If you haven’t noticed, inflation is rearing its ugly head again. In 2010, the inflation rate was 3.4 percent, and it is predicted to jump five-tenths of a percent to 3.9 percent in 2011. This is a big jump from the negative two-percent inflation rate we experienced in 2009 with no end in sight. More importantly, how do you defend against growing inflation when your healthcare organization isn’t receiving these kinds of bumps in your reimbursement rates that can lag behind inflation by 12 to 18 months? Worse yet, your hospital, system or IDN might never be reimbursed at the current rate of inflation by your third-parties in any given year.
What is important to understand in these inflationary times is that you are not going to find the answer to this challenge by squeezing your suppliers for bigger discounts because their manufacturing costs are increasing at an accelerated rate due to the high cost of energy and raw materials. Your GPOs are hoping to bend the curve on inflation in 2012, but this doesn’t impact everything you buy or purchase under local contracts. These facts might seem like a zero-sum game, but it doesn’t need to be for your healthcare organization if you look for lower-cost functional alternatives to what you are buying or change your practices to defend and actually pushback against growing inflation.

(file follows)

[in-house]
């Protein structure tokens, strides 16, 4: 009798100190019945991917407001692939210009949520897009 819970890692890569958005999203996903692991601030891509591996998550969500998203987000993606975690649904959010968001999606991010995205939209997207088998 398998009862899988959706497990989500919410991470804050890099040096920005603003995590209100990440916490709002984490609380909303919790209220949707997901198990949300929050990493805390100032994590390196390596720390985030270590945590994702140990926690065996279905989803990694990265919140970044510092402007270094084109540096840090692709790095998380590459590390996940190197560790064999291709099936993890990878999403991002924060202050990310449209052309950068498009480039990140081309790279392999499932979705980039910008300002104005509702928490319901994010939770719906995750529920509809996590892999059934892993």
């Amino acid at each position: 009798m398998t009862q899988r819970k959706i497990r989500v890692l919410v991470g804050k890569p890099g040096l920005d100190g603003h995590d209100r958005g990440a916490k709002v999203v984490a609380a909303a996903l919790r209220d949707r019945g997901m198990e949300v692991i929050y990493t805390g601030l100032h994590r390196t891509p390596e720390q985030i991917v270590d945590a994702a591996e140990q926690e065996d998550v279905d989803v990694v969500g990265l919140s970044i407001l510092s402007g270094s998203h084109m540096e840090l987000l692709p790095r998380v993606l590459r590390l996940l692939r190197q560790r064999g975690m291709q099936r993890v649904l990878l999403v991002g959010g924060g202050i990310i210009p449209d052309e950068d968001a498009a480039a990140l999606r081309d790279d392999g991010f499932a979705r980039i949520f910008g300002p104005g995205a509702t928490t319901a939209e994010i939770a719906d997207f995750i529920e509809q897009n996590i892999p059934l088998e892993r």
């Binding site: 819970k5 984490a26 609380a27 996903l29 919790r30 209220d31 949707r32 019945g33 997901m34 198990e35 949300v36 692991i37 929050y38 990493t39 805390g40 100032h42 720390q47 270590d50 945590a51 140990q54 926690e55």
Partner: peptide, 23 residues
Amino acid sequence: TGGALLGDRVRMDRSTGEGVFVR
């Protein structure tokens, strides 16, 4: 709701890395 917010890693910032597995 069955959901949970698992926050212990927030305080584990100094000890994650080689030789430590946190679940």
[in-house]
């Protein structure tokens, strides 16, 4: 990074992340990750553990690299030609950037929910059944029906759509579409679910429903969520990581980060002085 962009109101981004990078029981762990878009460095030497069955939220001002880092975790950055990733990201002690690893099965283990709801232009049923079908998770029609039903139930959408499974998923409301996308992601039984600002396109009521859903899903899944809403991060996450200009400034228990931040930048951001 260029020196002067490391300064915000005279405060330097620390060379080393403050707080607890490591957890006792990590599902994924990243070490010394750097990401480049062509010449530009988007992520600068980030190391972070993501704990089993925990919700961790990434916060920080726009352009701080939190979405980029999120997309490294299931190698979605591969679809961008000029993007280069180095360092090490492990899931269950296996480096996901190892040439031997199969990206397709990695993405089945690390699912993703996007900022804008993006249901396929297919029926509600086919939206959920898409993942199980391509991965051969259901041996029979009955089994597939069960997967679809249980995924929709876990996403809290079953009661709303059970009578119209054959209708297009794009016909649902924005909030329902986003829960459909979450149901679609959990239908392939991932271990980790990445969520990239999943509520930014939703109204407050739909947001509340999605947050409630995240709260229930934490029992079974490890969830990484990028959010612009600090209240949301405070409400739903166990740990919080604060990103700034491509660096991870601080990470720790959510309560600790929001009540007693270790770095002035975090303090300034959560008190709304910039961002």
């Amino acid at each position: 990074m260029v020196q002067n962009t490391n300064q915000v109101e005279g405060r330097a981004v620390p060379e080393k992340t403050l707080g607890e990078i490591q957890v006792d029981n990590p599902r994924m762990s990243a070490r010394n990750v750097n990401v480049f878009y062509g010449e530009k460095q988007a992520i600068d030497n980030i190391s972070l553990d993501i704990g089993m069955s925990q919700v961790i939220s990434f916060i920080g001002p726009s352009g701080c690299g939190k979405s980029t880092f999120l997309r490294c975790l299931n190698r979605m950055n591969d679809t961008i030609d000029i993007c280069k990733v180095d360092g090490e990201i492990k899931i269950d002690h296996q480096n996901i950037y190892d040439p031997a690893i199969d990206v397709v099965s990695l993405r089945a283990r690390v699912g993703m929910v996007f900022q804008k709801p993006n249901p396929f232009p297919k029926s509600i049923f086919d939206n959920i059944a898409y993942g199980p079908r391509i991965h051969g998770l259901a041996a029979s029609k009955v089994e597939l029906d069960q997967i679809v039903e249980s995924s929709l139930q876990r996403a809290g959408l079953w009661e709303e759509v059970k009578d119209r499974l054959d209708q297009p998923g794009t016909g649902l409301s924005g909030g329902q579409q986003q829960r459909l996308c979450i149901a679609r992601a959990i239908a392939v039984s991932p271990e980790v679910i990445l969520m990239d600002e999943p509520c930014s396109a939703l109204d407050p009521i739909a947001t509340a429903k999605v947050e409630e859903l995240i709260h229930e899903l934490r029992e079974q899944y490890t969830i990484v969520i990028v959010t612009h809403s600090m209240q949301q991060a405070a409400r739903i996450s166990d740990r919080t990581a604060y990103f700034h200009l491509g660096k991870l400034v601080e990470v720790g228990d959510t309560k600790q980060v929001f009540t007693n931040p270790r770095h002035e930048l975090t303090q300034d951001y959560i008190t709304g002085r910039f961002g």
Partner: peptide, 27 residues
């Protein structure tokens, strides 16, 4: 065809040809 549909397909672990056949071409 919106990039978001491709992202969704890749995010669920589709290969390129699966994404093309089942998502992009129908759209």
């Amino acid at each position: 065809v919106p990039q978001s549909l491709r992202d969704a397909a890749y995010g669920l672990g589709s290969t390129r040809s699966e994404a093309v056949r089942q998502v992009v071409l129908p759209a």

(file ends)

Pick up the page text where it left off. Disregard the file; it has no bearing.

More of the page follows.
For example, a client of ours just told us about a procedure at his hospital that he just discovered only requires one sterile glove to perform, but since a single-glove sterile package hadn’t been available his clinical staff opened a two-glove sterile package and threw one glove in the trash. Our client quickly solved this wasteful practice and saved hundreds of dollars a year for his hospital by buying a one-sterile glove package for this department’s use.
Another client of ours has a pilot program in progress to determine if going back to reusable packs and gowns, reprocessed by a national supplier, will save his hospital hundreds of thousands of dollars a year as projected. A third client is doubling efforts to reprocess even more physician preference items to lower their total cost of acquisition to disposition.
My point here is that even though inflation is cutting into your hospital’s profits, there are almost always hundreds of small, incremental and even substantial ways to substitute your current products with lower-cost functional alternatives or changing your practices to be leaner and more efficient. This should be a supply chain expense management priority today and in the future, since inflation is back with a vengeance and your hospital’s reimbursement won’t be going up any time soon.